While furloughs have kept unemployment down; their removal will lead to rising unemployment as businesses that kept workers on will continue to fold due to decreased expected profitability and expected demand. While the lifting of some of the lockdown measures has allowed some non-essential retail businesses to open; the reality is that UK manufacturing remains severely depressed – with new orders still remaining below normal levels although it is believed that there is a slight recovery underway. Moreover, there is the reality that the UK economy was already close to stagnation before the pandemic with annual GDP growth of 1.3% and 1.5% in 2018 and 2019 respectively. The economy grew in July and August (6% according to the latest data) but remember that GDP fell by 20%. Moreover, the furloughs are disguising unemployment as many workers will not have jobs to go back to as companies close.
Brexit will further impact the economy – a no-deal Brexit would spell the end of some manufacturing which is done in conjunction with EU countries (like some car production). Service production will be affected: already some of the insurance industry has relocated to Ireland, some research and development have been relocated (e.g., we used to be the country where new drugs were tested, now the Netherlands is the preferred site). While major vaccine research is done in Britain, we do not have the facilities for production.
The vaunted trade deal with the US is not guaranteed. While Trump cares nothing about international law (and international law would be broken with a no-deal Brexit due to the Good Friday Agreement) this is not the case with the US Democrats (Nancy Pelosi has already threatened the trade deal – remember the Good Friday Agreement was done with US involvement). We are going to discover that being bullish on Britain is irrelevant as we are dependent on international trade for purchase and sale of primary, intermediate, and final goods. The argument that we are a “sovereign nation and can do what we want” is delusional as we are not the global power we were in the days of the Empire. Add this to an economy already in crisis and we are looking at a significant problem which, as we know, will primarily impact the working class.
The primary targets of over a decade of austerity were the public sector, workers’ incomes (wages and benefits), and conditions of work; privatisation of parts of the public sector was an essential part of austerity enabling lower wages and the destruction of working conditions in a private sector with low levels of unionisation. The introduction of a restrictive system of benefits that were based on the principle of lesser eligibility (and a benefits freeze and overall cap) further impacted upon workers’ incomes primarily hitting women and the disabled the hardest.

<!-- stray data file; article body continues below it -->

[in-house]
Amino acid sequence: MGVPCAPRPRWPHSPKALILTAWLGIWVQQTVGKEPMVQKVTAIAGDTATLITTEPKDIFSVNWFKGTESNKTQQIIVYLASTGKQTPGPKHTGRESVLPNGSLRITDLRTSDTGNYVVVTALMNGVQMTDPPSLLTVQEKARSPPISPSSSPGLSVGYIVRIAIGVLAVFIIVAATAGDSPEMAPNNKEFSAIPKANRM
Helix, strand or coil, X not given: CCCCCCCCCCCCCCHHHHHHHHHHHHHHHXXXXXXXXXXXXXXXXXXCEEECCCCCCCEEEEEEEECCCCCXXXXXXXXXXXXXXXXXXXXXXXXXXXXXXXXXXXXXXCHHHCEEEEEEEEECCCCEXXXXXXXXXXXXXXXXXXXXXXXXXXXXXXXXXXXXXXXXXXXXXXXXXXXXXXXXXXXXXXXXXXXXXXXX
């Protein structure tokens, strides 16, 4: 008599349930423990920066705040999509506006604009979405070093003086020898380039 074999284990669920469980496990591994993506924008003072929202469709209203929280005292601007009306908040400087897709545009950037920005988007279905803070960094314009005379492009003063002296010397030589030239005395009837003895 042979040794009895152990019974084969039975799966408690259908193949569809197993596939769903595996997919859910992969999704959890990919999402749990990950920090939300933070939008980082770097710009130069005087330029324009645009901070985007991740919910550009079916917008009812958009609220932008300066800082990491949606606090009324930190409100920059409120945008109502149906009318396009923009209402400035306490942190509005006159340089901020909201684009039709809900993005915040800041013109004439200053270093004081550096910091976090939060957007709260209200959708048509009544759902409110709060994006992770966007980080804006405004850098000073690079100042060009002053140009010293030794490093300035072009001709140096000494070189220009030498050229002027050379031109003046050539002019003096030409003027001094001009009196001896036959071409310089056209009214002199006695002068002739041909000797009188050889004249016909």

Even with growth in employment, wage incomes remained stagnant. The social subsistence level of income was deliberately eroded in a move to try to increase profitability by lowering wages; that this situation continued over a decade has led to both rising absolute and relative poverty in the UK. In 2017-2018, an increase in poverty was beginning to be clearly seen and this was confirmed in 2019 with the Resolution Foundation Report examining living standards and the rates of child poverty. This arose due to lowered incomes (stagnant wages and the impact of Universal Credit which limited benefits to 2 children); for children living in single-parent homes, those with a large number of family members and no members working.
However, the child poverty rate for those in working households had already hit a record high in 2018-19.
“Although paid employment reduces the risk of poverty, in-work poverty has risen, from 9.9% of workers in 1997/98 to 12.7% now – an unacceptable situation. Around 56% of people in poverty are in a working family, compared with 39% 20 years ago. This change has been particularly dramatic for children: seven in ten children in poverty are now in a working family. Falling benefit incomes and rising housing costs have pulled working families into poverty despite growth in earnings.
This growth has only just brought earnings back to their level pre-recession for low-income working families, who faced the biggest hit to their earnings during the recession. The risk of poverty is higher for workers with disabilities, Black and minority ethnic workers, part-time workers, those in families with children, and those in single-adult families, especially lone parents. However, rising in-work poverty has not affected all types of worker equally over the last five years:
• The risk of poverty has risen for workers in families with children, but there has been little change for workers in families without children.
• Working single parents have seen the fastest rise; now three in ten are in poverty. It was two in ten in 2010/11.
• The risk of poverty has increased for both full-time and part-time workers, and for workers with and without disabilities. Differences in employment rates, how much work is full- or part-time and the prevalence of low pay all contribute to differences between regions. (Joseph Rowntree Foundation, full report).”
What needs to be done
The concurrence of several different crises at the same time means that if we had a government committed to addressing the environmental crisis, the underfunding of the NHS, the destruction of social care due to privatisation, and rising poverty brought about by undermining the social subsistence wage and the insufficient level of the social welfare net there would be a chance of dealing with this.